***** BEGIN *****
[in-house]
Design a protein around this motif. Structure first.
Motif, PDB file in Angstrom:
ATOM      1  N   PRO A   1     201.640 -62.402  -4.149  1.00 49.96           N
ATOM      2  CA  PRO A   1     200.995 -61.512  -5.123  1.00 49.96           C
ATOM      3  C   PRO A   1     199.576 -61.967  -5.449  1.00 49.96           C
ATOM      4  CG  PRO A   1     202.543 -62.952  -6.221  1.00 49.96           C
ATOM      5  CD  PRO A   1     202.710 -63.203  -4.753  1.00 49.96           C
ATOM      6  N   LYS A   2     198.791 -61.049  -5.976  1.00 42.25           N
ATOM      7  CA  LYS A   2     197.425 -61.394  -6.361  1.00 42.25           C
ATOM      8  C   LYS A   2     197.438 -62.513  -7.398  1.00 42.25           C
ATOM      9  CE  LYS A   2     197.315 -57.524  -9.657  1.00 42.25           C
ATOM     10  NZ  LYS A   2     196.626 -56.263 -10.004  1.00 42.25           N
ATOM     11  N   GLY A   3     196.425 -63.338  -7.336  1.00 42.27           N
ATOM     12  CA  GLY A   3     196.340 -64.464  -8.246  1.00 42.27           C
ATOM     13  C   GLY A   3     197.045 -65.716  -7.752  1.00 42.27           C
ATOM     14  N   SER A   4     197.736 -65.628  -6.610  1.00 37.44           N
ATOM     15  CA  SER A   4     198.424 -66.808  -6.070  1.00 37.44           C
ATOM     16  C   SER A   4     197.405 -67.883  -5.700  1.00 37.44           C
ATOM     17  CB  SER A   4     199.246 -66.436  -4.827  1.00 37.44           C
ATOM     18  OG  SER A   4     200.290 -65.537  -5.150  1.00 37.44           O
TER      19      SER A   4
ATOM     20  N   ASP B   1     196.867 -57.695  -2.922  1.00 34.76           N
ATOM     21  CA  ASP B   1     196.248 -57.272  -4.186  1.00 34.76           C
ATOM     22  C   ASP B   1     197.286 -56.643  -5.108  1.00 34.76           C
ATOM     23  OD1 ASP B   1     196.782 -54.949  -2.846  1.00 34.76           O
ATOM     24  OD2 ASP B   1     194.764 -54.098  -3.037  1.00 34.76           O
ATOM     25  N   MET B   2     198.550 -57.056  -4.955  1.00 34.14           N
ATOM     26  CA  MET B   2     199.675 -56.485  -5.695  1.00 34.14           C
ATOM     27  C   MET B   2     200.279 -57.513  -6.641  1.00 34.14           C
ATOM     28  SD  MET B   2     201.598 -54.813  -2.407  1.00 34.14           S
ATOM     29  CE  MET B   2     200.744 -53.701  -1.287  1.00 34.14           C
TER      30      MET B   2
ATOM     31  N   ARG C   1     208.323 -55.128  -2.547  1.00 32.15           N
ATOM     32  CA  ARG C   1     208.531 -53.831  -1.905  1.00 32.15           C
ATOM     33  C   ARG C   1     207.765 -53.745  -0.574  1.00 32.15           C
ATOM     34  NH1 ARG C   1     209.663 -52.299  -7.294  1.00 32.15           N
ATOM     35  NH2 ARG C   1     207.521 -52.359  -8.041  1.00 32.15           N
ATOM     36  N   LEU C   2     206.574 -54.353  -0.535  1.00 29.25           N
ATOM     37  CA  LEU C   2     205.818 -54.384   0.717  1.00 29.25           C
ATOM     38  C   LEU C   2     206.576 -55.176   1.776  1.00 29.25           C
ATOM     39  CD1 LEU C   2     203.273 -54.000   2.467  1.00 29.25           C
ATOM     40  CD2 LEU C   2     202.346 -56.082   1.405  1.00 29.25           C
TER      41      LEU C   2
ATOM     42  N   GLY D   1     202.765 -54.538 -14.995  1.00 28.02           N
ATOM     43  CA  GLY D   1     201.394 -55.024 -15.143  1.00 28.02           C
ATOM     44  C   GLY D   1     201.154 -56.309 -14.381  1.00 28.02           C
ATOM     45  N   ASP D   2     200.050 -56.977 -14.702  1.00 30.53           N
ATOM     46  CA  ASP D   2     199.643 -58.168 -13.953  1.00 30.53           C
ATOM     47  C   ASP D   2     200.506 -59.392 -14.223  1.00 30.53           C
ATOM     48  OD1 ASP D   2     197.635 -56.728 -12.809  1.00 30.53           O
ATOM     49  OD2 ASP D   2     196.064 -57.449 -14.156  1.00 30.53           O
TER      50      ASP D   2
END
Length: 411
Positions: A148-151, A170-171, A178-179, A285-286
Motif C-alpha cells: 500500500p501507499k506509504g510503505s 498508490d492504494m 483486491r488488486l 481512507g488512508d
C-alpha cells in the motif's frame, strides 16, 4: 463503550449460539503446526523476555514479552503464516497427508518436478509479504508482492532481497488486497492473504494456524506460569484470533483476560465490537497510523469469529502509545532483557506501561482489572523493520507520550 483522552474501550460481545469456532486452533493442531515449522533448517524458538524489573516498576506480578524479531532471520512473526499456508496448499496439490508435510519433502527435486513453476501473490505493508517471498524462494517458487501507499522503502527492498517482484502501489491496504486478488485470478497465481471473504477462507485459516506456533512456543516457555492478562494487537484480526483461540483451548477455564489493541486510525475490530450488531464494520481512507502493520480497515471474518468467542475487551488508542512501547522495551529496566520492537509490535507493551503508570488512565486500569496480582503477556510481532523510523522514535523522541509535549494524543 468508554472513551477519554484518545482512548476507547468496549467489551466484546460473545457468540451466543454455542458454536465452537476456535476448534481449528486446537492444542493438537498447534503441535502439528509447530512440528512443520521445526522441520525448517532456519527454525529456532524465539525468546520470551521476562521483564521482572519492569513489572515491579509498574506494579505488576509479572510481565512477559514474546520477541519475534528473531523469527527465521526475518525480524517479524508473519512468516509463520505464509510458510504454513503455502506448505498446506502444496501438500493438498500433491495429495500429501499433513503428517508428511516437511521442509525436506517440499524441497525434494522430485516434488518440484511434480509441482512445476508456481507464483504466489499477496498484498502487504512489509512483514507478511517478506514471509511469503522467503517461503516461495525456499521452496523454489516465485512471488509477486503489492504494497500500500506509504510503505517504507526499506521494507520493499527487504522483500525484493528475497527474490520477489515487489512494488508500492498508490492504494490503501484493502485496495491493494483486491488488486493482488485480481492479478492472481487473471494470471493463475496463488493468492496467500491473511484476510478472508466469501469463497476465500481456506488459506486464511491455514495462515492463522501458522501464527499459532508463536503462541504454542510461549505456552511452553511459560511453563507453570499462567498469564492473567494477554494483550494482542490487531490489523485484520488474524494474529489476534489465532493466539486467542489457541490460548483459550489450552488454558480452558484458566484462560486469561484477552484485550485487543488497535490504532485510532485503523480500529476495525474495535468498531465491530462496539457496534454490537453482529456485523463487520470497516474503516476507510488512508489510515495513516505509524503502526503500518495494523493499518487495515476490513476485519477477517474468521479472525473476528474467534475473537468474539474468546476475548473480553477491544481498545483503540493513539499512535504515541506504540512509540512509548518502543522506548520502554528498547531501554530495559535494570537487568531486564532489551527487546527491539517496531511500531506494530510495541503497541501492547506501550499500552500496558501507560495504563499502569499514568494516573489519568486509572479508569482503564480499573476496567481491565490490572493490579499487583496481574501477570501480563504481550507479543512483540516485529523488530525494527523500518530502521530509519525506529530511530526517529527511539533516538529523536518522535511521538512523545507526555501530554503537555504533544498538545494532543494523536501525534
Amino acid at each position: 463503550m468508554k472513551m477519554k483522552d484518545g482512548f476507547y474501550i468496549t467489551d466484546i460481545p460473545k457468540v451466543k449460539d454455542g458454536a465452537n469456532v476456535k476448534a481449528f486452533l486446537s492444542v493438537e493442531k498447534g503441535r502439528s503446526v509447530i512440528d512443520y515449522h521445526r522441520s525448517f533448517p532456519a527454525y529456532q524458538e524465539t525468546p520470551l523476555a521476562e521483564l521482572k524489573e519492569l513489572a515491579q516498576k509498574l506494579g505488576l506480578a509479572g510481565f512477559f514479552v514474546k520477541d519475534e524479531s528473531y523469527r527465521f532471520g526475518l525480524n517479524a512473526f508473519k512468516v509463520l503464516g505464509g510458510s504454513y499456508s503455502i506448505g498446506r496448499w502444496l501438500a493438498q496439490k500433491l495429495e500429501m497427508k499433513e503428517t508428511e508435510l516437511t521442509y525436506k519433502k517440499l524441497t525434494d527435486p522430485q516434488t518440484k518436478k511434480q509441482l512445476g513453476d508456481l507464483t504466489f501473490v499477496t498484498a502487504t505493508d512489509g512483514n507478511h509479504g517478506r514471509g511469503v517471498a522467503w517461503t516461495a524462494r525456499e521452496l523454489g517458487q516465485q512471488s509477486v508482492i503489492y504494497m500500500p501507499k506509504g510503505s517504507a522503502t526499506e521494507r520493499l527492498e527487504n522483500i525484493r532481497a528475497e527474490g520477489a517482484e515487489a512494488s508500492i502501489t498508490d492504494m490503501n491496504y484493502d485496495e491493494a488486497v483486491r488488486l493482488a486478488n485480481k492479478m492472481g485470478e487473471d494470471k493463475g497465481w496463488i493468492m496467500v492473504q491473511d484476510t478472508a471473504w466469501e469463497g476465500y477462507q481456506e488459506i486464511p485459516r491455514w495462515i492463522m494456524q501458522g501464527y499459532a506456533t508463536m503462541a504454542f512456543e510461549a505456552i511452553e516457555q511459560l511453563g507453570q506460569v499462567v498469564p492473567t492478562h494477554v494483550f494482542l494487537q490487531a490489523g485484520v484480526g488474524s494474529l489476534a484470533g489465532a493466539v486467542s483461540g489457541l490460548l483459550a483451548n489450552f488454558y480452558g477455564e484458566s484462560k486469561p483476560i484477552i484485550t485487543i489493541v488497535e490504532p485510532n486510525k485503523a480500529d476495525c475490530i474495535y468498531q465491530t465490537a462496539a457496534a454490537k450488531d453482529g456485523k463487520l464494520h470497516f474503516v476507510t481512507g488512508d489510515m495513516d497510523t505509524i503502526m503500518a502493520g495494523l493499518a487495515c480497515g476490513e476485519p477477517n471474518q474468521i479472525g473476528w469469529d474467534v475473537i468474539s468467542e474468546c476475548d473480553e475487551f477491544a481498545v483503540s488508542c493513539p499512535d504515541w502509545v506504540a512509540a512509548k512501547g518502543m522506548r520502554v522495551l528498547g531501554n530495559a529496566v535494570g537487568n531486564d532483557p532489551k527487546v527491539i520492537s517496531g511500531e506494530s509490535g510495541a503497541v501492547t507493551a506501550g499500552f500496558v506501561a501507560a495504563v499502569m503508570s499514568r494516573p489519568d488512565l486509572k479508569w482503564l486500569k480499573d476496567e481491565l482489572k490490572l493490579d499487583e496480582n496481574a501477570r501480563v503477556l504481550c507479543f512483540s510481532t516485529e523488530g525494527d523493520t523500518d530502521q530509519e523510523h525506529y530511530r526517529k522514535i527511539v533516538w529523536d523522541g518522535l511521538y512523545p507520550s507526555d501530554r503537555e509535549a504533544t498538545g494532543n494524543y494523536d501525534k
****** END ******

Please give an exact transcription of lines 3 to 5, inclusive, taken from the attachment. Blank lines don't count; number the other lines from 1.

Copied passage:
Motif, PDB file in Angstrom:
ATOM      1  N   PRO A   1     201.640 -62.402  -4.149  1.00 49.96           N
ATOM      2  CA  PRO A   1     200.995 -61.512  -5.123  1.00 49.96           C